• a failure to protect against anticipated threats to ePHI security
  • a failure to protect against likely uses and disclosures of ePHI not allowed by the HIPAA Privacy Rule.

Though the lawsuit was filed due to a breach at Conifer Value-Based Care, which was reported to the HHS’ Office for Civil Rights with 20,642 persons affected, the lawsuit additionally names another Conifer entity, called Conifer Revenue Cycle Solutions, that encountered the same  breach about that time. The breach was reported to the HHS’ Office for Civil Rights  with 134,948 persons affected, which indicates further the inability of the defendants to keep sensitive information secure.

The lawsuit alleges the plaintiff and class members are facing inevitable and impending harm because of a higher risk of identity theft and fraud. The plaintiff needed to spend time addressing the breach consequences, has received more  spam text and telephone calls from the time the breach occurred, has spent more  time tracking her accounts for personal data misuse. Furthermore, the plaintiff faced value diminution of her sensitive information, emotional distress, and anxiety.

The lawsuit clàims negligence, negligence per se, violation of privacy, unjust enrichment, and violations of the  California Consumer Records Act, the California Confidentiality of Medical Information Act, and the California Unfair Competition Law. The lawsuit wants a jury trial, a class action status, injunctive relief, compensatory, exemplary, punitive damages, statutory damages, declaratory and other equitable relief, and attorneys’ fees and legal expenses.

Mount Nittany Health Faces Lawsuit for Alleged Website Tracking Code PHI Breach

Mount Nittany Health operates a 260-bed Medical Center in the State College of  Pennsylvania. It is facing lawsuit for allegedly using tracking code on its website that resulted in the impermissible disclosure of sensitive patient information to third parties like Facebook and Google.

A newly published research study shows 99% of U.S. hospitals have installed  tracking code on their webpages that gathers the information of users while they use the website. Codes are commonly used to evaluate website usage with the purpose of enhancing the website and its  services. The information gathered is sent  to the code vendors and may be sent to third parties like advertisers for the purpose of serving targeted ads and other marketing reasons. A number of health systems and hospitals have submitted data breach reports associated with the use of the code in the last couple of months, including WakeMed Health and Hospitals, Community Health Network, Novant Health, and Advocate Aurora Health. Because of these data disclosures, there are lawsuits filed throughout the country for violation of the Health Insurance Portability and Accountability Act (HIPAA).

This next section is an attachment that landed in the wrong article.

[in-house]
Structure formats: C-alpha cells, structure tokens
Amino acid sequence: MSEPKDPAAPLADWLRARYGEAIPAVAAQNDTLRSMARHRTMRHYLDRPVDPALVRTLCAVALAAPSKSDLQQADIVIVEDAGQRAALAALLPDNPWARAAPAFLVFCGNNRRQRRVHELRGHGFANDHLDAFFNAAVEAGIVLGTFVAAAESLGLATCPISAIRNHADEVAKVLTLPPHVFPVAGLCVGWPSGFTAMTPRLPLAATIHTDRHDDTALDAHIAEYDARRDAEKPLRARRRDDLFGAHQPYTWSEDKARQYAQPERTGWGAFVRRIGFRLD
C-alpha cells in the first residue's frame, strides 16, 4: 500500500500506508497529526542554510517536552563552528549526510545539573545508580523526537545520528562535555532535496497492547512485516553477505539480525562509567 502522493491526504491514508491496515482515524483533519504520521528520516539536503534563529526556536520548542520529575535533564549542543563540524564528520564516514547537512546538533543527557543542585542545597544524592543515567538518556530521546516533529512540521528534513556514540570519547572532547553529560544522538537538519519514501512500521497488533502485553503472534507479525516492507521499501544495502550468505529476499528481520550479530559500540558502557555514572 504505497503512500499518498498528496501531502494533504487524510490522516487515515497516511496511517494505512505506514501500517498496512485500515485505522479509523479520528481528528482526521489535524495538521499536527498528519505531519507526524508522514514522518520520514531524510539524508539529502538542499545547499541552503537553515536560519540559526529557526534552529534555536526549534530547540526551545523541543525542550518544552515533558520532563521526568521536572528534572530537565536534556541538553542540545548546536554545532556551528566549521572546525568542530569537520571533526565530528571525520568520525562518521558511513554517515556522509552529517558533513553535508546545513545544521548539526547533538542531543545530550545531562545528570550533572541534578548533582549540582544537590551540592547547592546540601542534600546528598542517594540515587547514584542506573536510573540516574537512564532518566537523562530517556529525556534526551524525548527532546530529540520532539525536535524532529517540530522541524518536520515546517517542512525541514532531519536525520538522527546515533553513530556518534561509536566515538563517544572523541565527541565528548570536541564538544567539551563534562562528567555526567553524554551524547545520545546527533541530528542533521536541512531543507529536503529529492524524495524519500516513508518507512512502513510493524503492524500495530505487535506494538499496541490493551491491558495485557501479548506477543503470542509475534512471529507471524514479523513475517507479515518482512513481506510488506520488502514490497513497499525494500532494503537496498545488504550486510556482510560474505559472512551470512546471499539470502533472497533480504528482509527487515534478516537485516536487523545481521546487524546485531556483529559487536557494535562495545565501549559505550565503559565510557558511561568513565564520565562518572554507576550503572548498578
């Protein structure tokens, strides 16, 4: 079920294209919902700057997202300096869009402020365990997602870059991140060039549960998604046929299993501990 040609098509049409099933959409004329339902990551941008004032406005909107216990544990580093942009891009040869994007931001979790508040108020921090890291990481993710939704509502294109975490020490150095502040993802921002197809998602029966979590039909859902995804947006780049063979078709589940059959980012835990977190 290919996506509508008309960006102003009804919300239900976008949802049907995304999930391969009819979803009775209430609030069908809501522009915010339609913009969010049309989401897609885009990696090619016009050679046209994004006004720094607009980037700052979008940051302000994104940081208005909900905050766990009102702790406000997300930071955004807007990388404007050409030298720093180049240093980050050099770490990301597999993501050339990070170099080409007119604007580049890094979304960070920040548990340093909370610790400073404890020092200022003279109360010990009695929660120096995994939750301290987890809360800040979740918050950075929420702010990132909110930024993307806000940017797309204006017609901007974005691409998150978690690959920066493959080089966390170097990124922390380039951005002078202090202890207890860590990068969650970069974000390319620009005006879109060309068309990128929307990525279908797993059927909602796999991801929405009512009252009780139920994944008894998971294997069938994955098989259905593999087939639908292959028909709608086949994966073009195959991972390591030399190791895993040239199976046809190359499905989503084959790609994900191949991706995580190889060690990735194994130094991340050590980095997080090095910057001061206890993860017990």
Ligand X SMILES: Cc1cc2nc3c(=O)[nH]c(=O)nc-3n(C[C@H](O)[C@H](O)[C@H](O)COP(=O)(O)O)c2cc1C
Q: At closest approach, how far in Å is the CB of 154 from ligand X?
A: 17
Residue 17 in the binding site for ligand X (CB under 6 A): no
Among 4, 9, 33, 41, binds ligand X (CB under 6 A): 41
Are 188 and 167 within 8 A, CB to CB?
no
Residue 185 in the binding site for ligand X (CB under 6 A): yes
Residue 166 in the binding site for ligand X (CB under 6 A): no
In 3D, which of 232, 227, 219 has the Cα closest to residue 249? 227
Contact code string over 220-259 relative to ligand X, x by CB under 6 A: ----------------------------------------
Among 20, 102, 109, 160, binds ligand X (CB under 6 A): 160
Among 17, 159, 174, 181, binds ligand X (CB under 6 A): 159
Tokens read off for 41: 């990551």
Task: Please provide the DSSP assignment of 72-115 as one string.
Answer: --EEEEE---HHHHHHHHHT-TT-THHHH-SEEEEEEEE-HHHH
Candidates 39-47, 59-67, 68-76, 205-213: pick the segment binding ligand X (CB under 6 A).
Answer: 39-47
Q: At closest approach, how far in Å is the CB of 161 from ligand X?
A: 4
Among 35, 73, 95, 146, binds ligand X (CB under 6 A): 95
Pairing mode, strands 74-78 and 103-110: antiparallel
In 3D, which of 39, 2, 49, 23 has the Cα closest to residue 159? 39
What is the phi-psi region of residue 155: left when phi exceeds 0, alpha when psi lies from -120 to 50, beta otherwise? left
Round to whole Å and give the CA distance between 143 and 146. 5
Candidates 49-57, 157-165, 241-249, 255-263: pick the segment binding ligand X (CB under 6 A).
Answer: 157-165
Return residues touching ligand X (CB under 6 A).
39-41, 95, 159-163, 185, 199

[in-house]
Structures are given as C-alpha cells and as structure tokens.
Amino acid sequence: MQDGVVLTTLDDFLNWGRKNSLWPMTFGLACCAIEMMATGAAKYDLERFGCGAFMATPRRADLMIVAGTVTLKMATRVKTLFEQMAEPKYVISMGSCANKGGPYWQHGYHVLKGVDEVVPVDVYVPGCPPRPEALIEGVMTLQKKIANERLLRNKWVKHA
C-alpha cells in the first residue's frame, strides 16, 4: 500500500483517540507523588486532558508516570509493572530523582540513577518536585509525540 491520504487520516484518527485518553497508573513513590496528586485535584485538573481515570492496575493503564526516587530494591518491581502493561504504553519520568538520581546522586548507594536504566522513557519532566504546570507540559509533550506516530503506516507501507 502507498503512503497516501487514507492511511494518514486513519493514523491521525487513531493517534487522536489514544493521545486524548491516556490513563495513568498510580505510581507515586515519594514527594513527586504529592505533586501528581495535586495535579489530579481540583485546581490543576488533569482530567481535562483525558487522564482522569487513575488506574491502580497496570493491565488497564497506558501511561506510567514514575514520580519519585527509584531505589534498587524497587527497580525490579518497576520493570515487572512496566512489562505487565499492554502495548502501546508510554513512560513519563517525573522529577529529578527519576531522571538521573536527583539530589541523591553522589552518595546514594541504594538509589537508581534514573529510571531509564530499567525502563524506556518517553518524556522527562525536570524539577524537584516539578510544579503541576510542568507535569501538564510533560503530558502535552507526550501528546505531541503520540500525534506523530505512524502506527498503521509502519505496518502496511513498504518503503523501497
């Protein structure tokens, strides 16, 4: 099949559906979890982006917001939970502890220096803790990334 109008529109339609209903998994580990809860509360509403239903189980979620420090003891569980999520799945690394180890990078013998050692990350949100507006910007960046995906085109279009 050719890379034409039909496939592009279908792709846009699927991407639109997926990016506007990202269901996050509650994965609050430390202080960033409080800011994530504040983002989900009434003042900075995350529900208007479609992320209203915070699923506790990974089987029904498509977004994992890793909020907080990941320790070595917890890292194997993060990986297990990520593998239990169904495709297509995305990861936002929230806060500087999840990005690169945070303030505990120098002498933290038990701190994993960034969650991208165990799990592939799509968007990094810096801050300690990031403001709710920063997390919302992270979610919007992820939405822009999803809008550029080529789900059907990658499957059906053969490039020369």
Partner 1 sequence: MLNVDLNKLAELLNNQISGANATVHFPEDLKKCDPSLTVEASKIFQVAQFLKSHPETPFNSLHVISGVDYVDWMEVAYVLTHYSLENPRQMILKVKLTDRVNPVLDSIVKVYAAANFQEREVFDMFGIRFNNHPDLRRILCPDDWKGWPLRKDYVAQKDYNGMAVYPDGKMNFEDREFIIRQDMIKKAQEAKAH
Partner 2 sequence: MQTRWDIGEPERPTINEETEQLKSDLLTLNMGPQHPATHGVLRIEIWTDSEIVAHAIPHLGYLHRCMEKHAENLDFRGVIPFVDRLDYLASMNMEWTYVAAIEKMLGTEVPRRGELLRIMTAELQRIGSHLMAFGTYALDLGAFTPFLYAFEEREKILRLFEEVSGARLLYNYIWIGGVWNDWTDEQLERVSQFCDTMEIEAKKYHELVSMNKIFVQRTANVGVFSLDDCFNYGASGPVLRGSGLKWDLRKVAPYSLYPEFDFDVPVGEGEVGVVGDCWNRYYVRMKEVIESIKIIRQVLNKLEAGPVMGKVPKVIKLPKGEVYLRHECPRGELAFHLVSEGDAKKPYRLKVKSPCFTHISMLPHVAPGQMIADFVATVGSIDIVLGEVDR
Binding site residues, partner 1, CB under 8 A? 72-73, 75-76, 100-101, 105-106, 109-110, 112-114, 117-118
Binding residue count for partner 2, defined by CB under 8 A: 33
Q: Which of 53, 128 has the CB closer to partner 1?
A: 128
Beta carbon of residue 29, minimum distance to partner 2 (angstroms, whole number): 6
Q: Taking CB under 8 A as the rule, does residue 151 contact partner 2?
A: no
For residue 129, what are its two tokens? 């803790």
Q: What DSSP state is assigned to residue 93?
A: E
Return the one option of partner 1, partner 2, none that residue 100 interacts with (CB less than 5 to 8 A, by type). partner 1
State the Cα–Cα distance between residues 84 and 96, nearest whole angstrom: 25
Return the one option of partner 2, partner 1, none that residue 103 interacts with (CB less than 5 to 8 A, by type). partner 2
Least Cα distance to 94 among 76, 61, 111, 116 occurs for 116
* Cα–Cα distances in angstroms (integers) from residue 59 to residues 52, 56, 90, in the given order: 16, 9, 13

Attorney George Bochetto of the law company Bochetto & Lentz filed the lawsuit on behalf of two unnamed plaintiffs, John and Jane Doe, against Mount Nittany Health in Centre County Court in Pennsylvania. The lawsuit alleges that code such as Pixel collected the sensitive data of website visitors and  transmitted it to Meta or other third parties even without the website users’ knowledge or consent. The code transmitted personally identifiable information (PII) and data  obtained from actions done on the websites. From this information, it’s possible to know if a person was a patient and for what treatment.

The lawsuit claims Mount Nittany Health still has tracking codes on its website and users ate not informed regarding  impermissible disclosures. At this time, Mount Nittany Health has not posted any  notification on its website regarding a data breach associated with the use of tracking code. There is also no data breach report  posted on the HHS’ Office for Civil Rights breach website. The lawsuit alleges the  violations of privacy and of the Wiretapping and Electronic Surveillance Control Act, and breach of duty of confidentiality. The lawsuit seeks $1 million in damages.

About the Author

Elizabeth Hernandez
Elizabeth Hernandez is the editor of HIPAA News. Elizabeth is an experienced journalist who has worked in the healthcare sector for several years. Her expertise is not limited to general healthcare reporting but extends to specialized areas of healthcare compliance and HIPAA compliance. Elizabeth's knowledge in these areas has made her a reliable source for information on the complexities of healthcare regulations. Elizabeth's contribution to the field extends to helping readers understand the importance of patient privacy and secure handling of health information. Elizabeth holds a postgraduate degree in journalism. You can follow Elizabeth on twitter at